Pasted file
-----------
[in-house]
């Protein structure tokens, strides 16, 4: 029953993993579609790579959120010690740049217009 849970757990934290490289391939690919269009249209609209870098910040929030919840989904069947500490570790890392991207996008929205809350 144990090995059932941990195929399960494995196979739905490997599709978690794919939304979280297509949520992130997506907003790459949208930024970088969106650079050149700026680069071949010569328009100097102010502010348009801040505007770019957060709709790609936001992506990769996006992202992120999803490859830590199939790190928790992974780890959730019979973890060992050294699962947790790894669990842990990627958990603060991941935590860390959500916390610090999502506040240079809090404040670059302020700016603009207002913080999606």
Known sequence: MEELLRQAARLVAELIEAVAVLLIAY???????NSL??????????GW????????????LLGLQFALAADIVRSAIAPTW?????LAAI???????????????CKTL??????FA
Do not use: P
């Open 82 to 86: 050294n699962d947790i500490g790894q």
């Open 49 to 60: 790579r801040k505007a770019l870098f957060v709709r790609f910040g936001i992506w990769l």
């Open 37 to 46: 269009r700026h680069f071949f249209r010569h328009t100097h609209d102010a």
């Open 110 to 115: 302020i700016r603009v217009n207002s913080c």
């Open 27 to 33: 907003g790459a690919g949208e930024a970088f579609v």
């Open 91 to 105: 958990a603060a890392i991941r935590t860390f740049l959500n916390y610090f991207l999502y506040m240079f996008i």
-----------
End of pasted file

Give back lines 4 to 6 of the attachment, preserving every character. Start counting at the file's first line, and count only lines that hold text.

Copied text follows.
Do not use: P
């Open 82 to 86: 050294n699962d947790i500490g790894q």
């Open 49 to 60: 790579r801040k505007a770019l870098f957060v709709r790609f910040g936001i992506w990769l």